Unraveling this mess may be difficult. Seeing the 30 amp breaker join the two sides indicates that the two hot lines go straight down each side in the back of the panel rather than alternating every other breaker. If it were alternating, then any 220 circuit only needs two vertical slots rather than taking up all the space of both sides as well. What this means is that these two circuits can be joined anywhere since the lines are in phase with each other.
The easy fix is if you have an incorrect connection in that breaker panel, rather than each line going its separate way. If that's the case, you remove the connection and the problem is solved. So as others say, the first step is the open it up and take a photo (with the power off and being careful to avoid the lines feeding the main breaker).
The difficult fix is if the connection is somewhere else in the house. Unless you know how the home is wired, you are left with breaking the connection at various points until you find the location that roughly splits the circuit in half. To do this, you open up an outlet in one of the rooms, disconnect the load side of the outlet (pick a side if you don't know which is which), and see if only half the outlets turn on when you reset one breaker. Try to make the split in the circuit between two rooms.
Once you decide where to split the circuit, you're left with an extra wire from the other circuit in the J box to cap or remove. The proper solution would be to remove it, but doing so will likely require opening up the wall. If you cap it, make sure each wire cannot touch anything else to avoid the risk of a short, and then label the wire so no one hooks it back up in the future. I would also go through the extra effort to find the other side of this connection and disconnect it and label it on both sides.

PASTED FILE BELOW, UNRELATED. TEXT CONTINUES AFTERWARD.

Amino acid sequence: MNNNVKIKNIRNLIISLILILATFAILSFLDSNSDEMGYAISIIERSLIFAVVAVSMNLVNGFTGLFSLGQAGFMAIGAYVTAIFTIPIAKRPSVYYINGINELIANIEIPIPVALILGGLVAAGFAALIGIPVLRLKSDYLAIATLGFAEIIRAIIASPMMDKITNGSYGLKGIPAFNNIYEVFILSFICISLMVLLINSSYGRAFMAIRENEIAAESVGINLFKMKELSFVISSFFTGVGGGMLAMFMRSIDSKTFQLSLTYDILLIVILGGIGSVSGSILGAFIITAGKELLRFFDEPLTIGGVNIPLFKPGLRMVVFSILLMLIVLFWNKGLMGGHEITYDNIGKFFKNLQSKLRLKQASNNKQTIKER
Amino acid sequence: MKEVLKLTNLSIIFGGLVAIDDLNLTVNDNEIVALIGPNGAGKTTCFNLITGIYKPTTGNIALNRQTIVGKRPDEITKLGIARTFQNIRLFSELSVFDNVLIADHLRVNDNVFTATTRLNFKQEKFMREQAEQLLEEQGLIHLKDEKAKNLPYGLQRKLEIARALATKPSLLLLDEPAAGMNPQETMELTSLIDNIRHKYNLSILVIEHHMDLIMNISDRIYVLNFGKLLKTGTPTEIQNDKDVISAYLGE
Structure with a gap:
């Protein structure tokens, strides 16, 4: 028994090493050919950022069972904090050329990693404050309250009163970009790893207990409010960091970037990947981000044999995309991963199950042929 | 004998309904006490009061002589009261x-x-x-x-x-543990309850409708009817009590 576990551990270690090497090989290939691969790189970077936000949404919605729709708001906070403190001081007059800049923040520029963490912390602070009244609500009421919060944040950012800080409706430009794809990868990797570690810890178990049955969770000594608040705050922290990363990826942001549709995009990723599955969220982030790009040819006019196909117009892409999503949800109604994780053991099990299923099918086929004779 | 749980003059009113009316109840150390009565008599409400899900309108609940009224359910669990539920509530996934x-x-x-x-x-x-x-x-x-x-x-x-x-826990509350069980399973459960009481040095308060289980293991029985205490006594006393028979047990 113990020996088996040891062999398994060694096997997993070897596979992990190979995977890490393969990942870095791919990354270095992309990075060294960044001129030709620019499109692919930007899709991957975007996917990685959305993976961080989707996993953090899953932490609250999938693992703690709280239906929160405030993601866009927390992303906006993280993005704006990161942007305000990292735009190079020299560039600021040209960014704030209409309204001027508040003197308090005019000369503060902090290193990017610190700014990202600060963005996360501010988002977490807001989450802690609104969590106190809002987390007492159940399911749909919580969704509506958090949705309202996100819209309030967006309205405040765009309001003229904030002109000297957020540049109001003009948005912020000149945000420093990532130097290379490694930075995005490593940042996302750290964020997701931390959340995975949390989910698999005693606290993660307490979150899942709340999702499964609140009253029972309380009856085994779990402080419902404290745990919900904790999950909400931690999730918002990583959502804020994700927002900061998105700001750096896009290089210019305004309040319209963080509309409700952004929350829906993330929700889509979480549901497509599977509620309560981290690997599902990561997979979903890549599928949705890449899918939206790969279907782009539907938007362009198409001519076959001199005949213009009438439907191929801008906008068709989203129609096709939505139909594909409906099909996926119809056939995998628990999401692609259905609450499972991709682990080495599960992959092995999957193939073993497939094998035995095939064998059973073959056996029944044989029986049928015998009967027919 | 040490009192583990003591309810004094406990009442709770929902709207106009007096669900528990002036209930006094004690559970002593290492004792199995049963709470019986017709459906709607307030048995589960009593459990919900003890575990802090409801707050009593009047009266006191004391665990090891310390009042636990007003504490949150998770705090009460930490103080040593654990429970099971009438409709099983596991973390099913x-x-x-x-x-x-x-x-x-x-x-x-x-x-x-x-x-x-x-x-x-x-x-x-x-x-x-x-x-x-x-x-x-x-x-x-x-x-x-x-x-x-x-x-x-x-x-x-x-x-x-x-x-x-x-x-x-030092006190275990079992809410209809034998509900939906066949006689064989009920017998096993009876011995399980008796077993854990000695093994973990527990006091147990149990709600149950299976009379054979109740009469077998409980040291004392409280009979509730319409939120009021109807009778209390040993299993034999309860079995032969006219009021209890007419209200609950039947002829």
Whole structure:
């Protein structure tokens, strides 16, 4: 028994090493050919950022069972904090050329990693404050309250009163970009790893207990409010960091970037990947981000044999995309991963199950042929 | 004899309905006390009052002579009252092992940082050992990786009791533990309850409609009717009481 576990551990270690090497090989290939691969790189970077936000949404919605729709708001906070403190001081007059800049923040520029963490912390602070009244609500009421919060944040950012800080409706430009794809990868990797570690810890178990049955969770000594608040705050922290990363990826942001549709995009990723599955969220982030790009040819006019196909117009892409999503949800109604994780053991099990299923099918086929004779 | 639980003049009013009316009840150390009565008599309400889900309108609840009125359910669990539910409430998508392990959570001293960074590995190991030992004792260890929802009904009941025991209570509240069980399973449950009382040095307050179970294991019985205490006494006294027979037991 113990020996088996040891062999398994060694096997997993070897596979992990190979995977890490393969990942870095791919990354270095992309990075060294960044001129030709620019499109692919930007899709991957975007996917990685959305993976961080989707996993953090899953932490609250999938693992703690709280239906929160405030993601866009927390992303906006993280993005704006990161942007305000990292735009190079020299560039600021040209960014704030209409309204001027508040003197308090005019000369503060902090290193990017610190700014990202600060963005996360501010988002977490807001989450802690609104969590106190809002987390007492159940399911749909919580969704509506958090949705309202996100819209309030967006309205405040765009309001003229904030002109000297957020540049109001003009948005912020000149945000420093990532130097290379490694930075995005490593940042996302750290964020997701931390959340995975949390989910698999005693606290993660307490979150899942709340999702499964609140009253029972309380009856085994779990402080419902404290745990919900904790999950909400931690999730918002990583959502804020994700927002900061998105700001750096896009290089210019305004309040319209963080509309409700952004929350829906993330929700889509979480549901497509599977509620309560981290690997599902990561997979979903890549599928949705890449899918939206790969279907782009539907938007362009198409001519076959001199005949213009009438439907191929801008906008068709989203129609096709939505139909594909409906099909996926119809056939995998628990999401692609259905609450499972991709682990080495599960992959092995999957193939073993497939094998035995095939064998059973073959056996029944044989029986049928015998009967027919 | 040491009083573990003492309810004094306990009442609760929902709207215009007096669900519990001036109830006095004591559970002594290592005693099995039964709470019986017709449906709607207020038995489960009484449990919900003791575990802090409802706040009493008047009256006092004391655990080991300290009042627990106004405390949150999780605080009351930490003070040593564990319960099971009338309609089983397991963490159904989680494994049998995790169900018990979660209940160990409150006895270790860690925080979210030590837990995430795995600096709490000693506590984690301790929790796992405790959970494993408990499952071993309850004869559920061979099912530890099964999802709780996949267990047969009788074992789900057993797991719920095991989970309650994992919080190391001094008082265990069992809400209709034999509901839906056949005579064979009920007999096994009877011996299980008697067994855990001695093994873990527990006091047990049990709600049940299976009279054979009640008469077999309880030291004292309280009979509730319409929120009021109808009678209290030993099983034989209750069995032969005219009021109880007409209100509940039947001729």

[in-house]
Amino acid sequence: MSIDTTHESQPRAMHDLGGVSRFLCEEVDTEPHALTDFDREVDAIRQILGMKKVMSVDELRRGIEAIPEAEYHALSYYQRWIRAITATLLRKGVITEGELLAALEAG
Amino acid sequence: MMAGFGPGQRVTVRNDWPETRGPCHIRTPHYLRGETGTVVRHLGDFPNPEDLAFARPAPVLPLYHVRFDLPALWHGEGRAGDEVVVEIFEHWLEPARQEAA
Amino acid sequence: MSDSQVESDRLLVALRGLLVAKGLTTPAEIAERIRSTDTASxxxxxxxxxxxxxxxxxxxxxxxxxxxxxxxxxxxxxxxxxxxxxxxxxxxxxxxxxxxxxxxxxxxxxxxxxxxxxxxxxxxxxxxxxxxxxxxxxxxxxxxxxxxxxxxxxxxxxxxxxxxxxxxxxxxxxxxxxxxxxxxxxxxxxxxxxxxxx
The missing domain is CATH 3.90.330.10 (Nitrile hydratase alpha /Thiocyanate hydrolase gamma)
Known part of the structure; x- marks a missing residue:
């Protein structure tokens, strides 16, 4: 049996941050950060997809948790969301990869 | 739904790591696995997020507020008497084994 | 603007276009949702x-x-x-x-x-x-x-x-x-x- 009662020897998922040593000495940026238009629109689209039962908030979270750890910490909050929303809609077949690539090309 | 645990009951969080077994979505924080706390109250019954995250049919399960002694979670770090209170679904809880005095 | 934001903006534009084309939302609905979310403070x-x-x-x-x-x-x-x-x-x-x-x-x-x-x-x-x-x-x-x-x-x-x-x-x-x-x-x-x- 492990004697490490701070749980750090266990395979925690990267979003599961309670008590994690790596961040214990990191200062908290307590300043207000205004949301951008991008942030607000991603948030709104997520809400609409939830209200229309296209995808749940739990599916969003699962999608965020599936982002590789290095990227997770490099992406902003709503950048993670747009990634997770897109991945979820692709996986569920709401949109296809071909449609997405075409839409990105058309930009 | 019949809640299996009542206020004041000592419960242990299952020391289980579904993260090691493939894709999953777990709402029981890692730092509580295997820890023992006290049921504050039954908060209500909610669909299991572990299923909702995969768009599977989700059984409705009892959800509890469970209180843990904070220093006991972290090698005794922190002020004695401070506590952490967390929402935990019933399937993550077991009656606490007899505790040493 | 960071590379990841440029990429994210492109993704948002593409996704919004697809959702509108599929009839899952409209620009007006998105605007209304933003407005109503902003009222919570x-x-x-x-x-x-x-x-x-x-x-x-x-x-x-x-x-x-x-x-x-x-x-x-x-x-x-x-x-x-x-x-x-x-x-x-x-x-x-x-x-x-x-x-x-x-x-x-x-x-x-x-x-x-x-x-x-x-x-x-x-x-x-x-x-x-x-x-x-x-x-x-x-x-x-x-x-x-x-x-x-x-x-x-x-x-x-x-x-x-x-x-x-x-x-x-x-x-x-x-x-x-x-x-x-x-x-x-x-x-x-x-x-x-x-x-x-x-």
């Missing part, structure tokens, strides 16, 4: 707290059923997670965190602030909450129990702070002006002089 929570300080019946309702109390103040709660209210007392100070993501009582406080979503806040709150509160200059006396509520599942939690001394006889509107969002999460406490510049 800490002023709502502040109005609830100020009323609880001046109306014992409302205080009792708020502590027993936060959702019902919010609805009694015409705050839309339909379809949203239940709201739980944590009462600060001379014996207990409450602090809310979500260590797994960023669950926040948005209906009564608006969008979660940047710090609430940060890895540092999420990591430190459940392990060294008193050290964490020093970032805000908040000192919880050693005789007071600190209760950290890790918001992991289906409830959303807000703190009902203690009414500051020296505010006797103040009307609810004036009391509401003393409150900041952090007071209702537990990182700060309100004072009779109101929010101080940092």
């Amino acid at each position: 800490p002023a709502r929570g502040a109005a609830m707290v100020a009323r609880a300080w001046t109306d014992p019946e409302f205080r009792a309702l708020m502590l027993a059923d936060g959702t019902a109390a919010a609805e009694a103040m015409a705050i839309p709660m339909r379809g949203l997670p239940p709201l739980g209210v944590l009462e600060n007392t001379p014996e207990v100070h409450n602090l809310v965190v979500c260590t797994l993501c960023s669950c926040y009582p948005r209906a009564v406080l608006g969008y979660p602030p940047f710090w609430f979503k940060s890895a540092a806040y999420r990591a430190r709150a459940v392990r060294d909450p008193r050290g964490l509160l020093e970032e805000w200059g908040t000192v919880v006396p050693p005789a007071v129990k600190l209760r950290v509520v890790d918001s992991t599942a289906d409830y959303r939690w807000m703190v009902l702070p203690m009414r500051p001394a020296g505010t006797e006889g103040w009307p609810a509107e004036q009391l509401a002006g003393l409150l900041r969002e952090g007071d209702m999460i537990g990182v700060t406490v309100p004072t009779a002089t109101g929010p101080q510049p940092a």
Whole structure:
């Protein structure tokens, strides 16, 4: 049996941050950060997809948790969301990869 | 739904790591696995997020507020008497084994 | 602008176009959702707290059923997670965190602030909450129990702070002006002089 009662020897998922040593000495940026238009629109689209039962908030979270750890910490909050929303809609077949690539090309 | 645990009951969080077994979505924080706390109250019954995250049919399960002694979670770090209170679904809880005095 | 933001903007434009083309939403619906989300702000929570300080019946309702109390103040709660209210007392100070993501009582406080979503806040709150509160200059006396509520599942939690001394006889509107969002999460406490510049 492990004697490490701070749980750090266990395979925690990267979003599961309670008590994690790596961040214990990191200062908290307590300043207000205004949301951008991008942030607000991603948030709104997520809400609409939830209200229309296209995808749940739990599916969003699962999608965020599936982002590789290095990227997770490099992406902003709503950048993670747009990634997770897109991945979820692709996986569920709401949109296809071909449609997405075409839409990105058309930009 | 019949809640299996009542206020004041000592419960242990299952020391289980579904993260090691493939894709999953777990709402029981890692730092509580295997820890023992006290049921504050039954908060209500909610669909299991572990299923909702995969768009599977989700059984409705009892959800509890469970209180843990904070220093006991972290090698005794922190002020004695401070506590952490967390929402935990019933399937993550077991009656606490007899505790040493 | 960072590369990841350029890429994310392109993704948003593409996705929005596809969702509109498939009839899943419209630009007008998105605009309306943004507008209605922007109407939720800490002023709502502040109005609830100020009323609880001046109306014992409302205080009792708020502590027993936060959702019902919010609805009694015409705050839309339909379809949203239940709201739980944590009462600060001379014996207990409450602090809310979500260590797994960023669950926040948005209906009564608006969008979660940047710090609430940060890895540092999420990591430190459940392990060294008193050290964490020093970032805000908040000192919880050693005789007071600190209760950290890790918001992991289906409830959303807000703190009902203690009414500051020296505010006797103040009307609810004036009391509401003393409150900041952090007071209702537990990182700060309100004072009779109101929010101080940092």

Edit: Seeing the separate red and black wires makes me wonder if they continue through each outlet with two circuits like mgb suggests. If so you just need to locate where the two lines cross. If the two circuits are separated in the outlets themselves, then it should be obvious when you open an outlet up and see a red and black going to the separated top and bottom. In that case, turn the power off to both circuits, disconnect an outlet, cover the exposed connections, and turn the power on to only one circuit. If you now have two separate circuits, then then crossed connection is in the outlet you disconnected or one of the dead outlets in the home. If the circuits are still joined, then the problem is in one of the live outlets. Use the process of elimination to avoid opening too many outlets.
As always, when working with electricity, ensure the power is off before you risk anything touching a wire. Test ever wire in the outlet before beginning work, especially in your situation. And when you open the panel, the line side of the main breaker is still hot even when that breaker is shutoff. If you feel nervous about doing any of this yourself, then hire an electrician.